Beautiful engraved RARE specimen certificate from the Southwestern Bell Telephone Company
dated in 1938. This historic document was printed by American Bank Note Company and has an
ornate border around it with a vignette of two angels next to an old phone. This item is over 69 years old.
Southwestern Bell Telephone, L.P., formerly Southwestern Bell Telephone Company, is a wholly owned subsidiary of AT&T. Southwestern Bell Telephone is currently headquartered in San Antonio, TX.
Southwestern Bell Telephone Company was officially founded in 1920 to take over the telephone operations of Southwestern Telegraph & Telephone Co., The Bell Telephone Company of Missouri, among others. In its time as part of the Bell System, it was at times the biggest Bell Operating Company of the 22 AT&T owned.
The company was often considered the first step of the AT&T corporate "ladder" before the 1984 breakup. After the 1984 breakup of AT&T, it was allowed to keep its directory publishing operations, commonly known as "SWBYP'S" (Southwestern Bell Yellow Pages, pronounced swah-bips).
Shortly after the 1984 AT&T breakup, Southwestern Bell began licensing its name to Conair, creating Southwestern Bell Freedom Phone. Conair continues to produce the Southwestern Bell Freedom Phone line of telephones.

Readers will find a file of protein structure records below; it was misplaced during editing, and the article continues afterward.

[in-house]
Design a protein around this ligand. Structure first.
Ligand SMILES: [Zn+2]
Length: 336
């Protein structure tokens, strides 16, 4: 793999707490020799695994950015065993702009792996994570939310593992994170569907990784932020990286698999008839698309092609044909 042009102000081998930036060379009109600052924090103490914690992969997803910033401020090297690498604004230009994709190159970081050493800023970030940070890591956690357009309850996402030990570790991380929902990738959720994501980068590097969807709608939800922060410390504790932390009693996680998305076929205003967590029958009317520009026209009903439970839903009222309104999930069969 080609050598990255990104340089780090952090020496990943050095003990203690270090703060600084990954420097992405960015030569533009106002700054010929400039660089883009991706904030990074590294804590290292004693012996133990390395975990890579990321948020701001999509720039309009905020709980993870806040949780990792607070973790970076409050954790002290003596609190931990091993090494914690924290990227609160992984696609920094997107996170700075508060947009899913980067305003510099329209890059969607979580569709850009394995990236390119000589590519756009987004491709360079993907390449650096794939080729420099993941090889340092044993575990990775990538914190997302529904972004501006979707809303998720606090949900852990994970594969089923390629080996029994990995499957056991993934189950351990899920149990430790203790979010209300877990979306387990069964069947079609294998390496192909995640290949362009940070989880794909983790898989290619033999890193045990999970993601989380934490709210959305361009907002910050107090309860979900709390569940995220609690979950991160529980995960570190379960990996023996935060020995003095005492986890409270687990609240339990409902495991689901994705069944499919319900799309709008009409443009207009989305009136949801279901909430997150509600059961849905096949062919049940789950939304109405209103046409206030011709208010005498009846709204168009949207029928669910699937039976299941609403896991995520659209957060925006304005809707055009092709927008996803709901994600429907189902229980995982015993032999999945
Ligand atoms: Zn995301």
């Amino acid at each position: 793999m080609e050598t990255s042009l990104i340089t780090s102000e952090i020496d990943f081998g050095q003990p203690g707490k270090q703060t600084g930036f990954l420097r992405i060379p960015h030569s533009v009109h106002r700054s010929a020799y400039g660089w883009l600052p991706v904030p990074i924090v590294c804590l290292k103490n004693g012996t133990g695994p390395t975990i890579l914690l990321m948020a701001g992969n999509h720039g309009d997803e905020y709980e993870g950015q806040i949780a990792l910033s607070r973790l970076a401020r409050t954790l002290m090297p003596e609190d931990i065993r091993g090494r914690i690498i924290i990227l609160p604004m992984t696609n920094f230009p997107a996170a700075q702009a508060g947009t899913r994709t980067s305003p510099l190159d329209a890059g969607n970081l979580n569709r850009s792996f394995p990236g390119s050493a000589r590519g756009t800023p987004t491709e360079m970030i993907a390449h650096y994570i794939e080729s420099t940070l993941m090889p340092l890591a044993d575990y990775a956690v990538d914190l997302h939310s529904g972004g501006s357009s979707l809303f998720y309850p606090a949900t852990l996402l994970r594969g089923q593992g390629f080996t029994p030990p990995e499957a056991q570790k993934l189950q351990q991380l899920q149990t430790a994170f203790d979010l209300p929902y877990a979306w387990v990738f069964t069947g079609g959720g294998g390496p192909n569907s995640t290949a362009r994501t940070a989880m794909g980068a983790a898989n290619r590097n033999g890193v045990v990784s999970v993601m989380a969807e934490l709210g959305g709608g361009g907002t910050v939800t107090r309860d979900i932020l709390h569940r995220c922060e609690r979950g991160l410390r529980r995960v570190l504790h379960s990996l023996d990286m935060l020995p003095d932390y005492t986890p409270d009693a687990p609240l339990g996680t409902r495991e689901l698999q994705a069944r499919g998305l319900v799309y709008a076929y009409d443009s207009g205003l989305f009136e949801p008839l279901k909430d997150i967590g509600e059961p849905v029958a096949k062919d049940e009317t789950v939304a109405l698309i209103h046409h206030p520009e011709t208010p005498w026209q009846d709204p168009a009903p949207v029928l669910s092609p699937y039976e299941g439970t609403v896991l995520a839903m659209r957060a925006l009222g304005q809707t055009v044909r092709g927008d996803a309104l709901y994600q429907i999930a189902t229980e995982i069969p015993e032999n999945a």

After the AT&T breakup in 1984, Southwestern Bell Telephone Company was managed by Southwestern Bell Corporation, which was ironically the smallest of all of the 7 RBOCs, as it only held 1 telephone company. Both the holding company, SBC, and Southwestern Bell Telephone often were referred to as one "Southwestern Bell". In 1995, however, SBC decided to change its corporate name to SBC Communications, Inc., a decision made to make itself a national telecommunications company. The Telecommunications Act of 1996 enabled SBC to become a national company, and SBC acquired the Pacific Telesis Group in 1997; Southern New England Telecommunications in 1998, and Ameritech in 1999.
History from Wikipedia and OldCompanyResearch.com.
Specimen Certificates are actual certificates that have never been issued. They were usually kept by the printers in their permanent archives as their only example of a particular certificate. Sometimes you will see a hand stamp on the certificate that says "Do not remove from file".
Specimens were also used to show prospective clients different types of certificate designs that were available. Specimen certificates are usually much scarcer than issued certificates. In fact, many times they are the only way to get a certificate for a particular company because the issued certificates were redeemed and destroyed. In a few instances, Specimen certificates we made for a company but were never used because a different design was chosen by the company.
These certificates are normally stamped "Specimen" or they have small holes spelling the word specimen. Most of the time they don't have a serial number, or they have a serial number of 00000. This is an exciting sector of the hobby that grown in popularity over the past several years.